• Avoid adding data to systems and services that you don’t need to. Once again, the best way to protect data is to delete it or to not create it in the first place.
  • Enable two factor authentication on all services that you use.
  • Consider using a YubiKey for cloud services. A YubiKey is a hardware two-factor authentication device. An increasing number of cloud providers are supporting hardware authentication. Enable this where you can. YubiKey adoption is increasing rapidly as it becomes more popular.
  • Keep backup drives in a secure place and destroy their data if they are no longer needed. Never simply throw backup drives or devices in the trash. They need to be wiped using secure drive wiping software.

Protecting Your Reputation

If you use social media, never simply ‘Share’ or retweet someone else’s post until you have fully read it, understood it and also understand any context around it. If you accidentally share something that is highly controversial without fully understanding what you’re sharing, you may find your professional reputation severely damaged.

Secure any social media accounts that you own. If your account is hacked, it may be used for spam which could damage your online reputation.

Secure any websites that you own. If your website is hacked, it will damage your search engine ranking and infuriate your customers if their data is stolen. This can have a severe impact on your reputation. If you use WordPress, install Wordfence which will help prevent a hack.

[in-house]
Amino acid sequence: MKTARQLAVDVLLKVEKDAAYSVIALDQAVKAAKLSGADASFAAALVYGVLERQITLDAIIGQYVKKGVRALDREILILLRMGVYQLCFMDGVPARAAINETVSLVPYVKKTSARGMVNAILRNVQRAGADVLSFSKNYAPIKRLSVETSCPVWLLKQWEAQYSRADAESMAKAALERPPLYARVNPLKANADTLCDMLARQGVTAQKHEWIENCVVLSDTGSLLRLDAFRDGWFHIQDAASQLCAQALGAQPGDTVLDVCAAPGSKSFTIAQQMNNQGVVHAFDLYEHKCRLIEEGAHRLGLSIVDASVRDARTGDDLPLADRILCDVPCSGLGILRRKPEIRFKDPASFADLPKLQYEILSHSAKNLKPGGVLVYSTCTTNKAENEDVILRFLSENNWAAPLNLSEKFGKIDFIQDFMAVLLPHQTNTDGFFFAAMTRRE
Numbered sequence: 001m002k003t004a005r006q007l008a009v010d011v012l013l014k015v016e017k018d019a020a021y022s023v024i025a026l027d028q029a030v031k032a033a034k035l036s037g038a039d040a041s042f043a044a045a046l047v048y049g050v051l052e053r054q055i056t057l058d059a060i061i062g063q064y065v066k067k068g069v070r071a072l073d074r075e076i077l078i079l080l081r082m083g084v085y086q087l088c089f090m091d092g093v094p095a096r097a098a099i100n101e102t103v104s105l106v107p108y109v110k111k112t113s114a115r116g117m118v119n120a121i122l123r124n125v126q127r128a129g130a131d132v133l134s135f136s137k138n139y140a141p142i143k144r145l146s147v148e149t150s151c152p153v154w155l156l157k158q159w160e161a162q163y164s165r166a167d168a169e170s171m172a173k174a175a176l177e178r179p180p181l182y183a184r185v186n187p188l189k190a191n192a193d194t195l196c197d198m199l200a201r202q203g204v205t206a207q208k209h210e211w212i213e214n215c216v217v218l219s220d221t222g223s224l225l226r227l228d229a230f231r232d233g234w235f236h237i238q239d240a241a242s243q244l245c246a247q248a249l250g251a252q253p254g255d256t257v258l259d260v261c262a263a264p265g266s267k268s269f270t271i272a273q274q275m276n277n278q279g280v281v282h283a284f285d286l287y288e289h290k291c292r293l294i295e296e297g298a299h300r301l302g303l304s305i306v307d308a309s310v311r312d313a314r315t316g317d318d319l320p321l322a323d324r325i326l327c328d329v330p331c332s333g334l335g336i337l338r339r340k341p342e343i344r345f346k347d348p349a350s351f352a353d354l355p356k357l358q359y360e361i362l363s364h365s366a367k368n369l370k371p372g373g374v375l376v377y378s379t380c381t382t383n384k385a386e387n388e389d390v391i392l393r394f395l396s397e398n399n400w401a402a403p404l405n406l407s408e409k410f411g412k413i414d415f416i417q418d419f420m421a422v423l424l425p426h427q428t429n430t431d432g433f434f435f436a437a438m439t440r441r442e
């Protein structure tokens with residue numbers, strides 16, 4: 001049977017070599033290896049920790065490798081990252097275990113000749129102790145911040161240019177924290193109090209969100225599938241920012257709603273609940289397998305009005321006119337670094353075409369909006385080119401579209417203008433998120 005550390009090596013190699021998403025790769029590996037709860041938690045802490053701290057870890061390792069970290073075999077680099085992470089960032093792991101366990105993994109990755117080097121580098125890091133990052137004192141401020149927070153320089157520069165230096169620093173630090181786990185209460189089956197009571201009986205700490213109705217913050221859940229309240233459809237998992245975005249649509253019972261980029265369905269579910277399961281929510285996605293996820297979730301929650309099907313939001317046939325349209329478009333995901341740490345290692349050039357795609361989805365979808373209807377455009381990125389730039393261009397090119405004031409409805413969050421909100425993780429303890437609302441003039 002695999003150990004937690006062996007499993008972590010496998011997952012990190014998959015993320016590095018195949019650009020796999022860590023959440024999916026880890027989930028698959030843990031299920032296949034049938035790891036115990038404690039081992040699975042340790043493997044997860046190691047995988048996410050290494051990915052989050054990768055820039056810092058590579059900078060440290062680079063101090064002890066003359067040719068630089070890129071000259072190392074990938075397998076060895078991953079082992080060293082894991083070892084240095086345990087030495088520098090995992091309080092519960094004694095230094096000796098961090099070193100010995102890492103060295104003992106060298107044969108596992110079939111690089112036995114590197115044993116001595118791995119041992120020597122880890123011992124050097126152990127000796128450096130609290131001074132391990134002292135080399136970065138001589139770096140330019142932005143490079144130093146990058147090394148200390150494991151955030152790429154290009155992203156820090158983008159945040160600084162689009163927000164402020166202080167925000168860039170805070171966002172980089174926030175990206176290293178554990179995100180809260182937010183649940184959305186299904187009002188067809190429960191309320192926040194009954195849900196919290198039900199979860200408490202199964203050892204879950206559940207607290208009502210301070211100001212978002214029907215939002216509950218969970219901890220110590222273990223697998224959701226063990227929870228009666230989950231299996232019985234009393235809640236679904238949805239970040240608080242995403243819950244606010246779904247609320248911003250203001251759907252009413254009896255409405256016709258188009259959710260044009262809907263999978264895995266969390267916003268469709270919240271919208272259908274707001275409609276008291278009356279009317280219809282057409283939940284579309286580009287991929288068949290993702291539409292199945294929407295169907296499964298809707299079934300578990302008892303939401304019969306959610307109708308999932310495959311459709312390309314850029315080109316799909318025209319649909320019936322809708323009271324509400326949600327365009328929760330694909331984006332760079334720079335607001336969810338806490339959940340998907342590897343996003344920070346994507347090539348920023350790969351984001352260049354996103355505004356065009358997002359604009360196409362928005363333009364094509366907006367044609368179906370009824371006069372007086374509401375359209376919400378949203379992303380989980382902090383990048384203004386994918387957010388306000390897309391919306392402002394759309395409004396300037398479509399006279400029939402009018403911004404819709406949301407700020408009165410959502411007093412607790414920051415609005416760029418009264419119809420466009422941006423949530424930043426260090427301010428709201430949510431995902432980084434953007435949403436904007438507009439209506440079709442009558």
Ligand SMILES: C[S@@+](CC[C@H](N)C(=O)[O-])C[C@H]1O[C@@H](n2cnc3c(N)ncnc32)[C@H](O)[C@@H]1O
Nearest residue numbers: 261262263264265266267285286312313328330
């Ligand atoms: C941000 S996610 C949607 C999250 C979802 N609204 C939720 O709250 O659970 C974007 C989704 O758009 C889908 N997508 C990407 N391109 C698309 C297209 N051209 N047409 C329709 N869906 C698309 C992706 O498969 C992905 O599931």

Make sure that your email accounts are secure. If your email account is compromised, your contacts list is also compromised. This usually results in your contacts receiving phishing emails that also try to hack their email accounts. They may also receive spam. This will damage your reputation among your contacts. Brian Krebs has a great writeup on the value of a hacked email account.

When installing apps on your smartphone, avoid installing apps that are aggressively viral. Some apps gain access to your contacts list and can SMS, private message or email your contacts a message from you that suggests they also sign up for the service. These messages can be infuriating and won’t help your reputation among your friends and colleagues. When installing a new app, think before you click.

Additional Tips and Techniques

How to Avoid Social Engineering

Social Engineering is what happens when someone phones you and pretends to be an organization or individual that you trust. They will try to get sensitive information out of you including passwords, usernames and a description of systems that you have access to.